But in any one location, the season is still short. And this means that workers follow the blueberry harvest, never staying in one place for long.


At GOP Security Debate, Gingrich's Tolerance On Immigration Stands Out

Nov 23, 2011
Originally published on November 23, 2011 1:00 pm

The big theme out of Tuesday night's Republican presidential debate in Washington was Newt Gingrich's compassionate stance toward illegal immigrants who have put down deep roots in the U.S.

That position by Gingrich, who has recently surged to join Mitt Romney at the head of the Republican field according to recent polls, conflicted with the more hardline views of many conservative voters.

Many of those GOP voters who will decide their party's nominee oppose allowing illegal immigrants to remain in the U.S., period.

The immediate question for Gingrich was, after boldly defending his position that undocumented immigrants who've lived in the U.S. for many years, establishing families and belonging to churches, should be allowed to remain in the U.S., would Gingrich now suffer the same fate as Texas Gov. Rick Perry.

While a number of Perry stumbles led to his fall from the front to rear of the GOP pack, the start of his decline was his defense of his relatively moderate immigration position.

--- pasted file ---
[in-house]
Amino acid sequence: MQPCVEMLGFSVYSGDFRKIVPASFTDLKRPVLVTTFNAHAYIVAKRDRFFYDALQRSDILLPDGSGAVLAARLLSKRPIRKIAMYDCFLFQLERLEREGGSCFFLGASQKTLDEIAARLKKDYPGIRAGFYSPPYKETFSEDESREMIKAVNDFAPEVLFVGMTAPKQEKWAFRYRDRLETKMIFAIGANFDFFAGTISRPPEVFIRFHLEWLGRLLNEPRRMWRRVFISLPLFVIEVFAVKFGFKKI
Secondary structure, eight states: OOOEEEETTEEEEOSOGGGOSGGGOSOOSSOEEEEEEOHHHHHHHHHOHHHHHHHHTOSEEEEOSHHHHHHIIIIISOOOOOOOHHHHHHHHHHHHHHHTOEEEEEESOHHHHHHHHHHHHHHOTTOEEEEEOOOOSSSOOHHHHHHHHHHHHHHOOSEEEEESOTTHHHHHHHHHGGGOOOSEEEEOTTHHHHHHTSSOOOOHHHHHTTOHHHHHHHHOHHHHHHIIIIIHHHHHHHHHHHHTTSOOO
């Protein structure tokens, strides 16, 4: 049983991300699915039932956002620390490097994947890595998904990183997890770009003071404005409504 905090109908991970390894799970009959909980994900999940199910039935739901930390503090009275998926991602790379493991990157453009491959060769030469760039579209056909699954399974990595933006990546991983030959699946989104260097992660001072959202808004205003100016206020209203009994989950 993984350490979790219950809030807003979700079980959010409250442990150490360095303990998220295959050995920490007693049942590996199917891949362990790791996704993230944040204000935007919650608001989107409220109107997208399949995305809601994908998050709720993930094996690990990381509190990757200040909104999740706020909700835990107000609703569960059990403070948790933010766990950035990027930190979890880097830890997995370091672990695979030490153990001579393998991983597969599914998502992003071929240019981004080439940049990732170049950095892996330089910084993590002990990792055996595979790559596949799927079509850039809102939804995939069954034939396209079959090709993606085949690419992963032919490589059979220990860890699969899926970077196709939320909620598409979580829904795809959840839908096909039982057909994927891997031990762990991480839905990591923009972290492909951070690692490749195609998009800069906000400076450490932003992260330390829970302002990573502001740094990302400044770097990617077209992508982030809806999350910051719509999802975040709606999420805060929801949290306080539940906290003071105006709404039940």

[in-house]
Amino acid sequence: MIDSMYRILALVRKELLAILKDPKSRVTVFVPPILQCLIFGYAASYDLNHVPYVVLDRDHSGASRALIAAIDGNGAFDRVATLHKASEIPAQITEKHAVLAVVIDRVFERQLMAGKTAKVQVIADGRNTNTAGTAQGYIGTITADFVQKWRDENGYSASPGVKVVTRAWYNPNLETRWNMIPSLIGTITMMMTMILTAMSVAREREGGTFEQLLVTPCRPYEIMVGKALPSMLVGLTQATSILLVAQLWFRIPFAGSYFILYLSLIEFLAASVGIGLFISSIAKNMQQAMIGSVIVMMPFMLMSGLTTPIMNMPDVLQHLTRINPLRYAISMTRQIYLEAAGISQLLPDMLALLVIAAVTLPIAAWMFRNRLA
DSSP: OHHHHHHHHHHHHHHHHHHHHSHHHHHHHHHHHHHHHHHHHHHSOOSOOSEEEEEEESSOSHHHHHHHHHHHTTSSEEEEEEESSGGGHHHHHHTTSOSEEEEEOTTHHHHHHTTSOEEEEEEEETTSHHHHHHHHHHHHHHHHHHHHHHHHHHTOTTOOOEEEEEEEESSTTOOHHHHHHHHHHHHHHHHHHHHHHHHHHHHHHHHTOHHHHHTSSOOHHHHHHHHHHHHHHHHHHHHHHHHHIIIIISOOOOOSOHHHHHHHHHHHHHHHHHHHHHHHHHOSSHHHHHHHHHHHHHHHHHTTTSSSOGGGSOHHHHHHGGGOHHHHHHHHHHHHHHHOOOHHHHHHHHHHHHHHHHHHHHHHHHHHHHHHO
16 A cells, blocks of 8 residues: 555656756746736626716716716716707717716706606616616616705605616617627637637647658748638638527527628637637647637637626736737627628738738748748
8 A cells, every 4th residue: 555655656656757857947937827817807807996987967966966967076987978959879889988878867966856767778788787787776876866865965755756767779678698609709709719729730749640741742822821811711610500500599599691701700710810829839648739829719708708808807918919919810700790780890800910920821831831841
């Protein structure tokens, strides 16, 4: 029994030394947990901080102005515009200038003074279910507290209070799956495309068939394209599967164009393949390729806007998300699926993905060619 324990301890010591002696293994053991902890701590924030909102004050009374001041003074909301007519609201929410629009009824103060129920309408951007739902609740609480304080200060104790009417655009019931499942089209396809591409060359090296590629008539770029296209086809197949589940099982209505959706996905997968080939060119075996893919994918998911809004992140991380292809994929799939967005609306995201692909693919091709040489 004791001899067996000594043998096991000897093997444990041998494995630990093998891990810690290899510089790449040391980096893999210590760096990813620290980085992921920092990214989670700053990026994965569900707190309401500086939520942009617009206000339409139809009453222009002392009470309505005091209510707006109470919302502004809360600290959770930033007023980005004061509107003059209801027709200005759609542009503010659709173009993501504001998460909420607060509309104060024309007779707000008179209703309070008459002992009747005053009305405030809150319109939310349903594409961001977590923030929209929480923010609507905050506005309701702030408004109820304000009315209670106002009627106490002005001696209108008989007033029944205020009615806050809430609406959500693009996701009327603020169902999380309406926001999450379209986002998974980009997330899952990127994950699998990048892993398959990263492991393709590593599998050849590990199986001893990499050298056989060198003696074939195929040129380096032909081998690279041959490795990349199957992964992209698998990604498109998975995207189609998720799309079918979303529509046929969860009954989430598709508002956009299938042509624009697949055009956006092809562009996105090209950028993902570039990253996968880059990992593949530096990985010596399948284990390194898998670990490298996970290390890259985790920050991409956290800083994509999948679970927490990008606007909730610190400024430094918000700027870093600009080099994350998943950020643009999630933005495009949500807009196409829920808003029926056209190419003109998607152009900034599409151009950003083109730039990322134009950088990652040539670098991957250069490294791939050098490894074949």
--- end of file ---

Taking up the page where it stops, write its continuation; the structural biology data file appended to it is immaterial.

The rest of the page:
Romney's attacks on the Texas governor's support for in-state tuition for undocumented immigrants, for instance, helped to stop Perry's initial momentum and the former frontrunner has never recovered.

As aware as Gingrich was of this recent history, the former House speaker didn't retreat even when Romney said Gingrich's position amounted to a "magnet" while another rival, Rep. Michele Bachmann of Minnesota, referred to it as an amnesty. Gingrich said:

"If you've been here 25 years and you got three kids and two grandkids, you've been paying taxes and obeying the law, you belong to a local church, I don't think we're going to separate you from your family, uproot you forcefully and kick you out."

As he did weeks ago to Perry for a moderate immigration stance, Romney went after Gingrich. Romney said:

"There's — there's no question. But to — saying that we're going to say to the people who've come here illegally that now you're all going to get to stay, or some large number are going to get to stay and become permanent residents of the United States, that will only encourage more people to do the same thing. People respond to incentives. And if you could become a permanent resident of the United States by coming here illegally, you'll do so. What I want to do is bring people into this country legally, particularly those that have education and skill that allows us to compete globally. "